Different conceptual design frameworks emerge from the critiqued literature. For Buchanan, the complexity of design is based in signs, things, actions and thoughts which are interconnected and merge ‘with surprising consequences for innovation’ (1992, p. 10). These identify a changing set of ‘placements’ which provide boundaries and shape to constrain meaning, and give context or orientation to thinking. Significantly, they provide for the ‘invention of possibilities’ – the generation of new perceptions and possibilities to be applied and tested to problems in concrete situations (Buchanan, 1992, p. 13).
Brown aligns with Buchanan’s view of exploring different possibilities. However, Change by Design is more practically oriented, looking at design thinking within organizations. This includes the non-linear, iterative ‘three spaces of innovation’ – inspiration, ideation and implementation. These spaces provide a framework for addressing real issues considering what is desirable from the user’s perspective, what is technically feasible and what is commercially viable for the organization (Brown, 2011; Bryant Bradburn, 2013, p. 53; Kimbell, 2011, p. 12). The design thinking approach encourages the creation of a ‘prototyping culture’ that encourages experimentation and risks. This is a culture where students are challenged and supported to develop deep levels of thinking and application (State of Victoria, 2008, 18).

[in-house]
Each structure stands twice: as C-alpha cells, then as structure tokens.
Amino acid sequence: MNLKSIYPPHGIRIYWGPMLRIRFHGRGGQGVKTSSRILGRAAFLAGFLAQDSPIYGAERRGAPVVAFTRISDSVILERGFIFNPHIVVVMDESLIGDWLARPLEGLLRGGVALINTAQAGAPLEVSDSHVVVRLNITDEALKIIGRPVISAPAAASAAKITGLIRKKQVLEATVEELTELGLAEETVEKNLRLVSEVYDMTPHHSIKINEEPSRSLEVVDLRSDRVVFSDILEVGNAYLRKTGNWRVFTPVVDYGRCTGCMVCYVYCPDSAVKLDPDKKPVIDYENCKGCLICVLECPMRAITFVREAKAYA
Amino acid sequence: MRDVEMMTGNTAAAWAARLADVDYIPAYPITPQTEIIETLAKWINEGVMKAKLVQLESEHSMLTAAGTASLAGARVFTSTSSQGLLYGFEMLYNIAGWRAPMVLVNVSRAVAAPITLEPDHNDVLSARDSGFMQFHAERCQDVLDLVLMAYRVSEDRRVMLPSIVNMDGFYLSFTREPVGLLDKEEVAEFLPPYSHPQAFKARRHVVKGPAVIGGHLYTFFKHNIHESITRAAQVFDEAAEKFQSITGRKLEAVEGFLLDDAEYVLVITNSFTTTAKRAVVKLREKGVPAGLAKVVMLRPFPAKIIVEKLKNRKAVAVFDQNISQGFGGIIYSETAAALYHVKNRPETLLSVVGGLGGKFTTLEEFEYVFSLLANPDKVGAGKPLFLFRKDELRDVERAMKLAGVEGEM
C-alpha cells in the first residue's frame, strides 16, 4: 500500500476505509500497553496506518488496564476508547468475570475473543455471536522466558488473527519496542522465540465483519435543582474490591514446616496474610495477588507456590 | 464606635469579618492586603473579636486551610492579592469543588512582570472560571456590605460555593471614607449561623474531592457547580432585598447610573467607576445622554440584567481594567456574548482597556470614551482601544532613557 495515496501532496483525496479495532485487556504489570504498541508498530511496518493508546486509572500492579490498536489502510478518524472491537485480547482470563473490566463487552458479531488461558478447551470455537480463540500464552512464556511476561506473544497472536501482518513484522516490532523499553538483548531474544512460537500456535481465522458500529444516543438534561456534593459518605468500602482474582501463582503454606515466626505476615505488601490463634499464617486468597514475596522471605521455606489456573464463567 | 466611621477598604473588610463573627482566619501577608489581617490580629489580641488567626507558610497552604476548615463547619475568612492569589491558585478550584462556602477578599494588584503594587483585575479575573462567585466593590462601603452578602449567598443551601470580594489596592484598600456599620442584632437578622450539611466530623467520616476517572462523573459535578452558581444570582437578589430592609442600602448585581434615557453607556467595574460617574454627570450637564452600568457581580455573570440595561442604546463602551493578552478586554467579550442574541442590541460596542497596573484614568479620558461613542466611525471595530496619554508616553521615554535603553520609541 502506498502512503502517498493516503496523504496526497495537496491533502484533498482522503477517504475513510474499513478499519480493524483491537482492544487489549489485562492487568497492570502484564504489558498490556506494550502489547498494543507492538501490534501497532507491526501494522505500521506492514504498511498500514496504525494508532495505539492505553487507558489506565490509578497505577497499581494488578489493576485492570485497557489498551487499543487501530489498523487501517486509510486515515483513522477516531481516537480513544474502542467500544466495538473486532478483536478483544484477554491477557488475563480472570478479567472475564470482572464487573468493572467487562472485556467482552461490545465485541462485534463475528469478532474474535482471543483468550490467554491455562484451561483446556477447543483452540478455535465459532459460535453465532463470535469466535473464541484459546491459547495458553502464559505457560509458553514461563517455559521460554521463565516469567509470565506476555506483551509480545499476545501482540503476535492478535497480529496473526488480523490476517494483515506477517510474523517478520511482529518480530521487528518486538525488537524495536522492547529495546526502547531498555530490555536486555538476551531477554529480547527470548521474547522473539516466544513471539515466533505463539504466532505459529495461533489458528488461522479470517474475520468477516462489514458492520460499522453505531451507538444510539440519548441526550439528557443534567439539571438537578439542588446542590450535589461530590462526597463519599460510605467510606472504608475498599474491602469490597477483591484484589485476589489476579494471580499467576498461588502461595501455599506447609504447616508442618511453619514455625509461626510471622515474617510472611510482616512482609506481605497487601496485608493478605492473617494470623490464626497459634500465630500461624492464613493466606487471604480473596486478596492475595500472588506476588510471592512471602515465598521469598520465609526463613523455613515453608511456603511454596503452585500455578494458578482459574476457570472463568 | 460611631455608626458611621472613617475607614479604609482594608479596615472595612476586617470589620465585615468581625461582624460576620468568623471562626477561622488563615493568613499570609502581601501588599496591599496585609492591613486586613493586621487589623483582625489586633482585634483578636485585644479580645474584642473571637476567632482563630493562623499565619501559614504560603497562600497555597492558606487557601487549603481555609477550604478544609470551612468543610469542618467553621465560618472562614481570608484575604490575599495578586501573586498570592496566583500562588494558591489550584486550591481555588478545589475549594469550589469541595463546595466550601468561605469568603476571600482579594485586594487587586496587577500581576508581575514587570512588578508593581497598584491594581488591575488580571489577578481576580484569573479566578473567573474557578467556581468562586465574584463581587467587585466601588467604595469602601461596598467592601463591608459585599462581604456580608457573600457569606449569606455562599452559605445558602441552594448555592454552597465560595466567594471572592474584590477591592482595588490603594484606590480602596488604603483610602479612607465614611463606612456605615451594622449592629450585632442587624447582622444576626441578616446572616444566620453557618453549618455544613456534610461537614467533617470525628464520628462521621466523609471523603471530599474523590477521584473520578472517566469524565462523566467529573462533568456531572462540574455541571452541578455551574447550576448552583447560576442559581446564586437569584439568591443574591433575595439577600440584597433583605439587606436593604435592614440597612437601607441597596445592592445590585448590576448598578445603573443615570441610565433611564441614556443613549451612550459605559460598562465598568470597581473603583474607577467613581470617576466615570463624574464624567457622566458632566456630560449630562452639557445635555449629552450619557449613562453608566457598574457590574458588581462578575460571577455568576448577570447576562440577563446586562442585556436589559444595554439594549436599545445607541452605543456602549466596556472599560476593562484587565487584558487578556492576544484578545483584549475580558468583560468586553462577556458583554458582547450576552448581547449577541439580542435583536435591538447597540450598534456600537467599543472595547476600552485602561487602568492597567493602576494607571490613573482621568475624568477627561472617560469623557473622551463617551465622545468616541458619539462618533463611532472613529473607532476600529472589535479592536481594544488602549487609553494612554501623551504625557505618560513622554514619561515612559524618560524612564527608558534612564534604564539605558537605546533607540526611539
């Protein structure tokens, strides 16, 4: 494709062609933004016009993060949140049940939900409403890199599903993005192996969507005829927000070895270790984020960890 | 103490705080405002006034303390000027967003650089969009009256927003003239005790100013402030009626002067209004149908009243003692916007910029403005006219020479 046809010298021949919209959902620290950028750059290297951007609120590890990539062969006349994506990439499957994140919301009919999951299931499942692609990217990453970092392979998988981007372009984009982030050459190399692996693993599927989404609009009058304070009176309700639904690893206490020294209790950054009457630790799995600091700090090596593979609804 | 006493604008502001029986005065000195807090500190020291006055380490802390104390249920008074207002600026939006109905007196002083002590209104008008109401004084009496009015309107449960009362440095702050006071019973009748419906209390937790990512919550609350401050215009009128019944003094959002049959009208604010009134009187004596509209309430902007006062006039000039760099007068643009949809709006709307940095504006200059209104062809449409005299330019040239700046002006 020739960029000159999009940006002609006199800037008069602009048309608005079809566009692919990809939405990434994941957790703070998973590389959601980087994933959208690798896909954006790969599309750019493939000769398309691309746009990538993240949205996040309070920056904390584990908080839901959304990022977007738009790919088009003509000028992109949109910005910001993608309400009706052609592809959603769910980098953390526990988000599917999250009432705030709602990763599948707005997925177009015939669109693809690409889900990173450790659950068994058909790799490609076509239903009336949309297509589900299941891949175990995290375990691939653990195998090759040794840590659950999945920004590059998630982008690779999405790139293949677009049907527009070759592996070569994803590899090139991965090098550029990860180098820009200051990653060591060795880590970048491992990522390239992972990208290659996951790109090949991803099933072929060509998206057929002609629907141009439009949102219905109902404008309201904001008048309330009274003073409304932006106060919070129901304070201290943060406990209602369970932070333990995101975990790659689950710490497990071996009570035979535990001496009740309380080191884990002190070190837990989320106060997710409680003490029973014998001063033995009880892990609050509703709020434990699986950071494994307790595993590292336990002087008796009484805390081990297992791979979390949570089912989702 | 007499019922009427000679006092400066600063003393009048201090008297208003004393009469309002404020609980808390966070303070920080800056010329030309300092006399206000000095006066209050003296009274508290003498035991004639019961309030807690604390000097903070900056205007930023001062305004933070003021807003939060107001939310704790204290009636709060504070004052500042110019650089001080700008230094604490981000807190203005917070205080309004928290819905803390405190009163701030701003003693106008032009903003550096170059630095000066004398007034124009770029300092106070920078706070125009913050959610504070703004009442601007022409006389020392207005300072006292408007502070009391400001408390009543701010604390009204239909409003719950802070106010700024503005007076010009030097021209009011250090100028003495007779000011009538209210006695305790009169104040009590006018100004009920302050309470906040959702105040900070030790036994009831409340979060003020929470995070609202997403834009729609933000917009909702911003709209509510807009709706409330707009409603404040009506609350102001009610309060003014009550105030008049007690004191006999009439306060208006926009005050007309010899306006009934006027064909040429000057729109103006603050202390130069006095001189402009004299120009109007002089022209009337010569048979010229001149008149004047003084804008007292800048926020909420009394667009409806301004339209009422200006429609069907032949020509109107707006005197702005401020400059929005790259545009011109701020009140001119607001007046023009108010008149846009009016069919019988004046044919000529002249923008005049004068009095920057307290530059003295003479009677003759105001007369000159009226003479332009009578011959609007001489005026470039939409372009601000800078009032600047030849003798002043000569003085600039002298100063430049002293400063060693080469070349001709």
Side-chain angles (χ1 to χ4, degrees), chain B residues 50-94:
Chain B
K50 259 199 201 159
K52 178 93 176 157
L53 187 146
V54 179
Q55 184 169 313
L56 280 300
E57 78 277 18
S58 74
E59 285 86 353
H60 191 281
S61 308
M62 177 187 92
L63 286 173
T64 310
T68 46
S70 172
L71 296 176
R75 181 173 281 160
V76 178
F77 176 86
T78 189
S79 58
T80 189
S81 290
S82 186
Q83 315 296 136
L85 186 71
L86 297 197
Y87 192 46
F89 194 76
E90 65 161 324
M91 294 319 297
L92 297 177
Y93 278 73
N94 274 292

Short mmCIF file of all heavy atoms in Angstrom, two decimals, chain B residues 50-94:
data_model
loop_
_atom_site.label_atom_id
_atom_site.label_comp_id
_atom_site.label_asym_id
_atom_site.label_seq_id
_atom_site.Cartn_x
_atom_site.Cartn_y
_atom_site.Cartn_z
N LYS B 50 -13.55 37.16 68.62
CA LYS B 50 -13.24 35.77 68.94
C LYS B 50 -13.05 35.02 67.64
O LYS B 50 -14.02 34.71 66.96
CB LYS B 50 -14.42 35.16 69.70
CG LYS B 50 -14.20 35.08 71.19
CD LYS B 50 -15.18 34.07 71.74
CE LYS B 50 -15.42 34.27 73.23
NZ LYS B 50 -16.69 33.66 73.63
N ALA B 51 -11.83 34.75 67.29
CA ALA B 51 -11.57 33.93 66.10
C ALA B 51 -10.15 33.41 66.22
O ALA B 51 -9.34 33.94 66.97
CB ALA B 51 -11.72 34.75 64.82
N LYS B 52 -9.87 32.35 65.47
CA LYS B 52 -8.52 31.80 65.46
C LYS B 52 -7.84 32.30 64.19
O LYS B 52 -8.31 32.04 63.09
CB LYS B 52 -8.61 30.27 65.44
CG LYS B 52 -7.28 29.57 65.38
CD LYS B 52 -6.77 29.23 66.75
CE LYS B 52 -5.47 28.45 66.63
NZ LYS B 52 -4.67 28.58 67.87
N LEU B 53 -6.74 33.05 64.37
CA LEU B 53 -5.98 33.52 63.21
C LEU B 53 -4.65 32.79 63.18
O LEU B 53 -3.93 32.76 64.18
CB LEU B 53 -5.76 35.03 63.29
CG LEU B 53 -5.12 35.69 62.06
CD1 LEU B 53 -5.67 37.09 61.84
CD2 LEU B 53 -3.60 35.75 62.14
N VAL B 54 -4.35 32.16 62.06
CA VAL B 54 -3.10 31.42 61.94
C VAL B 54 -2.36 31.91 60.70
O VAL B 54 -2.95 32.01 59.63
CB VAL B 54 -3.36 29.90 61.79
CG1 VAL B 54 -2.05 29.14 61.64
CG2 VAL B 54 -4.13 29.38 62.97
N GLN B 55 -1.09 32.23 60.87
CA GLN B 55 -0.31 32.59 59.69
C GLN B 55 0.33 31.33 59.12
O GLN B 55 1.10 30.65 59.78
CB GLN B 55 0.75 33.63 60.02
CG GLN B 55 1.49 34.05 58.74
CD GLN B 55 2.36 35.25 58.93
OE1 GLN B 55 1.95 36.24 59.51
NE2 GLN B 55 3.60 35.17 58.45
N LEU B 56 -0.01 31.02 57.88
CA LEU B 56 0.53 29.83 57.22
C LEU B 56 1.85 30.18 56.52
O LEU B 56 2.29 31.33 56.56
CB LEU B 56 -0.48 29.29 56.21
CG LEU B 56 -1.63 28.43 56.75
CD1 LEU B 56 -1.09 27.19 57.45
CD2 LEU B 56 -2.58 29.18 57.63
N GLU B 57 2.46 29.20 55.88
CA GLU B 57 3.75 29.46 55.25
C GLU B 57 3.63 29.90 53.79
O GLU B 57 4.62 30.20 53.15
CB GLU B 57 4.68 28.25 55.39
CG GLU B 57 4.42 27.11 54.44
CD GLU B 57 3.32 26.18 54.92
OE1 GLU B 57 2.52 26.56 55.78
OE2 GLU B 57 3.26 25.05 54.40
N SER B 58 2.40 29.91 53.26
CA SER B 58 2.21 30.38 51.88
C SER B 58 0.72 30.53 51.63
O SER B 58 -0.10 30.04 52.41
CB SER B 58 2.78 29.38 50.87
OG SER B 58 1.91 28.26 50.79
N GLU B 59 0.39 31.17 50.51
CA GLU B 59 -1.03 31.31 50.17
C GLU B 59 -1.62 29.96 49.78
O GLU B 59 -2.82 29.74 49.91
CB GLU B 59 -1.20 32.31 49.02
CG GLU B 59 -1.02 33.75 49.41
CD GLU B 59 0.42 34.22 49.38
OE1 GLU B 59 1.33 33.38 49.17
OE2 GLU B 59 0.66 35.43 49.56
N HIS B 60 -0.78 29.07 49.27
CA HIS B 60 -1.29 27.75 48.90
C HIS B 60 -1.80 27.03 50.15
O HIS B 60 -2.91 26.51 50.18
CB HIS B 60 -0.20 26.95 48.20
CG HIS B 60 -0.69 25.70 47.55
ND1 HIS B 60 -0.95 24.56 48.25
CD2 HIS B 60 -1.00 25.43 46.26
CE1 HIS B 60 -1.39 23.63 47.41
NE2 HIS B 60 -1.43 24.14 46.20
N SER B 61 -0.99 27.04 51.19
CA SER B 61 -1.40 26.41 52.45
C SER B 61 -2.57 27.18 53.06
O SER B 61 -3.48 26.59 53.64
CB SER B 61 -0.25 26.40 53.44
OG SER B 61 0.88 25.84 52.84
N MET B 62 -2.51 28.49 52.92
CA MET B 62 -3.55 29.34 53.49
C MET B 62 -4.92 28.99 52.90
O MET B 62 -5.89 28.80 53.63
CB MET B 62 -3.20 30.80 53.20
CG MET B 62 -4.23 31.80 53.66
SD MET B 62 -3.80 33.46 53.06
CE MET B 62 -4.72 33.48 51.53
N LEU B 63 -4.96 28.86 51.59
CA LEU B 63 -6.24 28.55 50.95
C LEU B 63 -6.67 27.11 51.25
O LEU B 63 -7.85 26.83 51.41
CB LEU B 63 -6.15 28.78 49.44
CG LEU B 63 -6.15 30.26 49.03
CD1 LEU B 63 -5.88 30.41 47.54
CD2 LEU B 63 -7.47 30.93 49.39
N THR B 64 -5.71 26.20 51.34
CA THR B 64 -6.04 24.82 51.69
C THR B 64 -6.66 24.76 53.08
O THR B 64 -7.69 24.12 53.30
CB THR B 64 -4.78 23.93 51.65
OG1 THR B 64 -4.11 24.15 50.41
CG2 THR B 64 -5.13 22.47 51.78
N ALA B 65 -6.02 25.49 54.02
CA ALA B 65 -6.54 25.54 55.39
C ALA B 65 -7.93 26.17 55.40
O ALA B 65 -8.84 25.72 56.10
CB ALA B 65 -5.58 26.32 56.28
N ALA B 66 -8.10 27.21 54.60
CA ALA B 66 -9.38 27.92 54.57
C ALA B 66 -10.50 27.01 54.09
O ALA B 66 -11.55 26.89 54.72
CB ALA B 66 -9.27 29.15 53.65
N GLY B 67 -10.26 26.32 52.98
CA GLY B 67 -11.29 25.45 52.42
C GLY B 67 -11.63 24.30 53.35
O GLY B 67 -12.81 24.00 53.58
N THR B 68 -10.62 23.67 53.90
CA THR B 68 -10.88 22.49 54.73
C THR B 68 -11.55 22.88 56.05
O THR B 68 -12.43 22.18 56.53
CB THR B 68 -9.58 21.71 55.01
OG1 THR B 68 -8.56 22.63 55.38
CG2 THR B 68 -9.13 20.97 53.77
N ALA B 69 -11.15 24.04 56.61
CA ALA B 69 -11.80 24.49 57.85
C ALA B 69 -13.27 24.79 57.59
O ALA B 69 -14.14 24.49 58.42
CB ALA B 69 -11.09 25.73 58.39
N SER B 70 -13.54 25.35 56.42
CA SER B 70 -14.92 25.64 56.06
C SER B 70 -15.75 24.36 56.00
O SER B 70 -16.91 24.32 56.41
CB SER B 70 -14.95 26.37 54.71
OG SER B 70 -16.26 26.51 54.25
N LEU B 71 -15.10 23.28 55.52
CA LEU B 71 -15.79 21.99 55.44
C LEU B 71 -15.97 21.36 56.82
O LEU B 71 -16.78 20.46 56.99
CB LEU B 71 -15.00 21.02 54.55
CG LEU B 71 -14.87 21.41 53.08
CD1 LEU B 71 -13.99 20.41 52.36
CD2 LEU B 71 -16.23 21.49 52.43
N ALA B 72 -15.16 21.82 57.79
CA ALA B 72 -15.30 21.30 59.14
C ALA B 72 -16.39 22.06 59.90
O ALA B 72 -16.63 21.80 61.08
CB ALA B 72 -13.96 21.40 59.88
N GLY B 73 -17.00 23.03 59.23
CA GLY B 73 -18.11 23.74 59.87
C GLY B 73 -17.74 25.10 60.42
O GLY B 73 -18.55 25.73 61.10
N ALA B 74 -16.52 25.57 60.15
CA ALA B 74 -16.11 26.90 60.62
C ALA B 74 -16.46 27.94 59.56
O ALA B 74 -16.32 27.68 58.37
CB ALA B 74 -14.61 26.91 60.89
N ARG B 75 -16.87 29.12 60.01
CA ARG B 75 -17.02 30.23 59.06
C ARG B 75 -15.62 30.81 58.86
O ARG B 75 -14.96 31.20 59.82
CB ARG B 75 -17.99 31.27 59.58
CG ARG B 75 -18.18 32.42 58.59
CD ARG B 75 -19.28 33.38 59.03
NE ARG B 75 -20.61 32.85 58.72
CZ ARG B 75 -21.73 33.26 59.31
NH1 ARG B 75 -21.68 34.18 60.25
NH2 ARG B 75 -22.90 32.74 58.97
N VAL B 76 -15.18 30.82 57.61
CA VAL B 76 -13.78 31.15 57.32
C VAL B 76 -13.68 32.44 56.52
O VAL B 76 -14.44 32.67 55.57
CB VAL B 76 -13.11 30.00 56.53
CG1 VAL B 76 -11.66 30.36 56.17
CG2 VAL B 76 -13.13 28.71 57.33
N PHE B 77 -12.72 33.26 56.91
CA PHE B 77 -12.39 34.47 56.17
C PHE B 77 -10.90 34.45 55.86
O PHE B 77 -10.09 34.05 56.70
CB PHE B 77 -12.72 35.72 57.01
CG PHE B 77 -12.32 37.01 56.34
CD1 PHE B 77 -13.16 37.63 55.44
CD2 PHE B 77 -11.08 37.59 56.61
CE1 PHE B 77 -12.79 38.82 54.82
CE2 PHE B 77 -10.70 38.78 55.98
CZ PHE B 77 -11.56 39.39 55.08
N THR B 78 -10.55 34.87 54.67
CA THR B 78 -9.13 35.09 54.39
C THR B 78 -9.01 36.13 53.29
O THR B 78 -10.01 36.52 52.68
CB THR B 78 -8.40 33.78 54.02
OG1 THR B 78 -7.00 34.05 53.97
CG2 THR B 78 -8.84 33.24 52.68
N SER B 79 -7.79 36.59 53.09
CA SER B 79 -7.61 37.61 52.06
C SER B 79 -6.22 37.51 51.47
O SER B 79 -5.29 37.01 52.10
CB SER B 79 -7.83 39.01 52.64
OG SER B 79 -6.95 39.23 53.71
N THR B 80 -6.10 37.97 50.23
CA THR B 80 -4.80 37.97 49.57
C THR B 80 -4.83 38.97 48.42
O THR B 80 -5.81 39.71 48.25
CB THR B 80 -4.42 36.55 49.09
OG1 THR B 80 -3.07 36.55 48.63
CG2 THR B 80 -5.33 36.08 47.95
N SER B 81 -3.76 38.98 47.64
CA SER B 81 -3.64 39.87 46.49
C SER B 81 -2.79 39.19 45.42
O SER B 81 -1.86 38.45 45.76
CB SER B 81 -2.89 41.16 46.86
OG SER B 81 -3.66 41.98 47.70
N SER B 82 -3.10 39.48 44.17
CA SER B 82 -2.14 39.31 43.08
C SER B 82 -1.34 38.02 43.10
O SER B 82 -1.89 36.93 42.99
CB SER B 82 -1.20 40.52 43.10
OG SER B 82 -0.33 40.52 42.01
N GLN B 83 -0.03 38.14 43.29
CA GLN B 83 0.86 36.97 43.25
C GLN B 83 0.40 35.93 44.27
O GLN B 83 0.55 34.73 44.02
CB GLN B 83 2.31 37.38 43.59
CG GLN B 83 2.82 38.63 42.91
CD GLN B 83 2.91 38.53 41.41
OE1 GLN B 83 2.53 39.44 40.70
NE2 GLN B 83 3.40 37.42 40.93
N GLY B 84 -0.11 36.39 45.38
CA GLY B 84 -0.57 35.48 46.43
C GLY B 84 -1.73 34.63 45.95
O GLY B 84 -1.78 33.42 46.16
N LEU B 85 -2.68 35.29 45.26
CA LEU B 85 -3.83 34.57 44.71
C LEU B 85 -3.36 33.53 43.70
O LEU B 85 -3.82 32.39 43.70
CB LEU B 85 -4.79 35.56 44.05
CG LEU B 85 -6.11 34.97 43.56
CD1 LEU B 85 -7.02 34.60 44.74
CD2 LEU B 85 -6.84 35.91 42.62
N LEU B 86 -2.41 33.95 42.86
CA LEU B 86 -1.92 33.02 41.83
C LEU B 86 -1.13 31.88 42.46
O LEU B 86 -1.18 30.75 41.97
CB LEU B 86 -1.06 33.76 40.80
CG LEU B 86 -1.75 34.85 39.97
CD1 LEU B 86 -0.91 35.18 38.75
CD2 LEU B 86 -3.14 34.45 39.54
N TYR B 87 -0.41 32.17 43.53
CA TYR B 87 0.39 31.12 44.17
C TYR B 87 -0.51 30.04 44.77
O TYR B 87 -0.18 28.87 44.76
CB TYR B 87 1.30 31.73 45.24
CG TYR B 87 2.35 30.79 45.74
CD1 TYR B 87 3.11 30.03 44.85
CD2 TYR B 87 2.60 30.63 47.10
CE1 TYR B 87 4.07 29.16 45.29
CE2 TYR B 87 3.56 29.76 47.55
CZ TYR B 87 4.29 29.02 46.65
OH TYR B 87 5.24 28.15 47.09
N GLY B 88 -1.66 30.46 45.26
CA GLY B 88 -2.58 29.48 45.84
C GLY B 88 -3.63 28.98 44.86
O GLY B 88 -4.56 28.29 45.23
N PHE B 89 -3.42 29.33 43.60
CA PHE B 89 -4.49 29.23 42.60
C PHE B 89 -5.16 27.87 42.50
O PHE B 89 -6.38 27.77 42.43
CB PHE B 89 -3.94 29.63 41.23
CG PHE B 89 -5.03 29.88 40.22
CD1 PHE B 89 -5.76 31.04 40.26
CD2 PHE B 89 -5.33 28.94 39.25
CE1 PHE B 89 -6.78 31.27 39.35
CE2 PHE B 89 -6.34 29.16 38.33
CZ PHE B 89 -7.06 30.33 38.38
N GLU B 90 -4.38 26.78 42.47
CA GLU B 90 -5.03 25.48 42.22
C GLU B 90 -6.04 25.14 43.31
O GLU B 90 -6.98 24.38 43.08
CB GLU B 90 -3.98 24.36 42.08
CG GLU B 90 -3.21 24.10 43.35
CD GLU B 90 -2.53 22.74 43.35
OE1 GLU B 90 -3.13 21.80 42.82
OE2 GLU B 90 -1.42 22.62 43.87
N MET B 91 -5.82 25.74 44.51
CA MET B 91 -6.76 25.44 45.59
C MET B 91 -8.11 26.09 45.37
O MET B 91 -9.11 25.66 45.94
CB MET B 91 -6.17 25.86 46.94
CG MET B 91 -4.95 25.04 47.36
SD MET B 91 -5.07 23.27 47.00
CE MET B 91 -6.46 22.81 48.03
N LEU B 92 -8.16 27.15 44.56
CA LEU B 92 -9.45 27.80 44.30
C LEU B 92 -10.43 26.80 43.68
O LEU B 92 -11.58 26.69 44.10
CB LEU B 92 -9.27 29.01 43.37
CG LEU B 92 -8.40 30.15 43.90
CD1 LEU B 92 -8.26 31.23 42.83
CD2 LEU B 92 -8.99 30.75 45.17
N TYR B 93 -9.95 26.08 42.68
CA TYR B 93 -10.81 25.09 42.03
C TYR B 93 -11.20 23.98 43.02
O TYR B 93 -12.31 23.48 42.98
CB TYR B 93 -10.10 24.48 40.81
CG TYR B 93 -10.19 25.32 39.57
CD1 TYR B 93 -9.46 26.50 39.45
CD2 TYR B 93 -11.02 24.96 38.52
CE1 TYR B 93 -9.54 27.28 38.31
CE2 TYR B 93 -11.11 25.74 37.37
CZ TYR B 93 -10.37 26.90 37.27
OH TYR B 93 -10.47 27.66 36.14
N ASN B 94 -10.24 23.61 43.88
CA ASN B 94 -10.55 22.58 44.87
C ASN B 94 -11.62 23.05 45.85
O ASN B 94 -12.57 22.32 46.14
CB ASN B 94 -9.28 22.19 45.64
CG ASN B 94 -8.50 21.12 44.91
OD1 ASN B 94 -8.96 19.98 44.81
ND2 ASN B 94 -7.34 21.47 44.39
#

Buchanan declared there was no area of contemporary life where design is not a significant factor in shaping human experience (Buchanan, 1992, p. 8). Brown consolidates this understanding, seeing design thinking as not only human-centred – but deeply human in and of itself (Brown, 2009, p. 4). It is for this reason that Brown advocates that we return human beings to the centre of the story and put people first (Brown, 2009, p. 39). As such, we need to design with the user in mind, and include them in the design process to allow for immediate feedback (Kuratko, 2012, p. 110). To do so requires empathy and understanding the world through their experiences and emotions (Brown, 2009, p. 50). Watson (2014, p.112) when considering experience is adamant there is “a requirement for intimate knowledge of those who use our facilities, which translates into an understanding of how they experience, and how they feel about how they experience, our libraries and learning spaces”. This is also about bringing the power of the story into design. As educators and librarians, our students are the centre of our story and our library spaces, or rather should be. However, what the critiqued literature reveals is students are still on the fringes of designing spaces – passive onlookers rather than engaged participants.
Design and flexibility
The concept of flexibility is complex. Within the design thinking process, flexibility is a vital component due to its experimental nature. It allows for engaging with the realm of possibilities (McIntosh, 2014, p. 117). Flexibility also brings with it the connotation of change and adaptation. However, it can also bring ambiguity and a need for caution. McIntosh warns of the need to be aware of how ‘flexible spaces’ has entered the design jargon and become a loaded slogan (McIntosh, 2014, p. 84).